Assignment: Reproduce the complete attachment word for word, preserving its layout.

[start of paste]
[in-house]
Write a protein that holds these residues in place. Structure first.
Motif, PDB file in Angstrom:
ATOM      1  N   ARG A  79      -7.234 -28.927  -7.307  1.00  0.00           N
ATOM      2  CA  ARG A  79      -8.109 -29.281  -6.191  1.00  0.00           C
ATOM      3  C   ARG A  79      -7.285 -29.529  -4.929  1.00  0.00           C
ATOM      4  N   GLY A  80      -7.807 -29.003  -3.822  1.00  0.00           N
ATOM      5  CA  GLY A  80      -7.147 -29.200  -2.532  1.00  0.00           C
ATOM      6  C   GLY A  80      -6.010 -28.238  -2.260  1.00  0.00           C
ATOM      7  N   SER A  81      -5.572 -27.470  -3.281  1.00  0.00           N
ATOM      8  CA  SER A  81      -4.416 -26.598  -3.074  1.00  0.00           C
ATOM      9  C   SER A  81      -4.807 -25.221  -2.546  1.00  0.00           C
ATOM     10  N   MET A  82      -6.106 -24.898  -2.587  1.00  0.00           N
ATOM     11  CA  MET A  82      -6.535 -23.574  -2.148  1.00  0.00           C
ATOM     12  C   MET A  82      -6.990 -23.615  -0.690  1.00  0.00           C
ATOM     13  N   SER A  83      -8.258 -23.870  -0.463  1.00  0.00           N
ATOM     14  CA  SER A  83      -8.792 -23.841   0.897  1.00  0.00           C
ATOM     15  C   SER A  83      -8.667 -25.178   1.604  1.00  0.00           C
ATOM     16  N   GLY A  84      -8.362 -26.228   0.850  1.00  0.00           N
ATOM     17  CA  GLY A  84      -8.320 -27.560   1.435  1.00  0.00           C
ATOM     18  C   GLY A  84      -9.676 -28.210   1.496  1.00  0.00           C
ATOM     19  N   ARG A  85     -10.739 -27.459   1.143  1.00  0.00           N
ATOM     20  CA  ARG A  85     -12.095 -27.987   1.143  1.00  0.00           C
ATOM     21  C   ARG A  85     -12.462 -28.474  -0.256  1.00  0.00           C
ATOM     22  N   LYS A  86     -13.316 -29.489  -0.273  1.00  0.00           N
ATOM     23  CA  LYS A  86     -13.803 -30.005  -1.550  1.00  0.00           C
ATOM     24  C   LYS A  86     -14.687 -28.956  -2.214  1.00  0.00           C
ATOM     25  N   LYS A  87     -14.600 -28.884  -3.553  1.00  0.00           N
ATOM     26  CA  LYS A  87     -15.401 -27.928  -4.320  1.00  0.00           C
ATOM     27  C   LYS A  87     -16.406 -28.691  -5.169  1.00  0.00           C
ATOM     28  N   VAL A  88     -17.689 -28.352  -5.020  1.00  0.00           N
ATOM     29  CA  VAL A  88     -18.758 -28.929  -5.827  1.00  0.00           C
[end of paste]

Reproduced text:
[in-house]
Write a protein that holds these residues in place. Structure first.
Motif, PDB file in Angstrom:
ATOM      1  N   ARG A  79      -7.234 -28.927  -7.307  1.00  0.00           N
ATOM      2  CA  ARG A  79      -8.109 -29.281  -6.191  1.00  0.00           C
ATOM      3  C   ARG A  79      -7.285 -29.529  -4.929  1.00  0.00           C
ATOM      4  N   GLY A  80      -7.807 -29.003  -3.822  1.00  0.00           N
ATOM      5  CA  GLY A  80      -7.147 -29.200  -2.532  1.00  0.00           C
ATOM      6  C   GLY A  80      -6.010 -28.238  -2.260  1.00  0.00           C
ATOM      7  N   SER A  81      -5.572 -27.470  -3.281  1.00  0.00           N
ATOM      8  CA  SER A  81      -4.416 -26.598  -3.074  1.00  0.00           C
ATOM      9  C   SER A  81      -4.807 -25.221  -2.546  1.00  0.00           C
ATOM     10  N   MET A  82      -6.106 -24.898  -2.587  1.00  0.00           N
ATOM     11  CA  MET A  82      -6.535 -23.574  -2.148  1.00  0.00           C
ATOM     12  C   MET A  82      -6.990 -23.615  -0.690  1.00  0.00           C
ATOM     13  N   SER A  83      -8.258 -23.870  -0.463  1.00  0.00           N
ATOM     14  CA  SER A  83      -8.792 -23.841   0.897  1.00  0.00           C
ATOM     15  C   SER A  83      -8.667 -25.178   1.604  1.00  0.00           C
ATOM     16  N   GLY A  84      -8.362 -26.228   0.850  1.00  0.00           N
ATOM     17  CA  GLY A  84      -8.320 -27.560   1.435  1.00  0.00           C
ATOM     18  C   GLY A  84      -9.676 -28.210   1.496  1.00  0.00           C
ATOM     19  N   ARG A  85     -10.739 -27.459   1.143  1.00  0.00           N
ATOM     20  CA  ARG A  85     -12.095 -27.987   1.143  1.00  0.00           C
ATOM     21  C   ARG A  85     -12.462 -28.474  -0.256  1.00  0.00           C
ATOM     22  N   LYS A  86     -13.316 -29.489  -0.273  1.00  0.00           N
ATOM     23  CA  LYS A  86     -13.803 -30.005  -1.550  1.00  0.00           C
ATOM     24  C   LYS A  86     -14.687 -28.956  -2.214  1.00  0.00           C
ATOM     25  N   LYS A  87     -14.600 -28.884  -3.553  1.00  0.00           N
ATOM     26  CA  LYS A  87     -15.401 -27.928  -4.320  1.00  0.00           C
ATOM     27  C   LYS A  87     -16.406 -28.691  -5.169  1.00  0.00           C
ATOM     28  N   VAL A  88     -17.689 -28.352  -5.020  1.00  0.00           N
ATOM     29  CA  VAL A  88     -18.758 -28.929  -5.827  1.00  0.00           C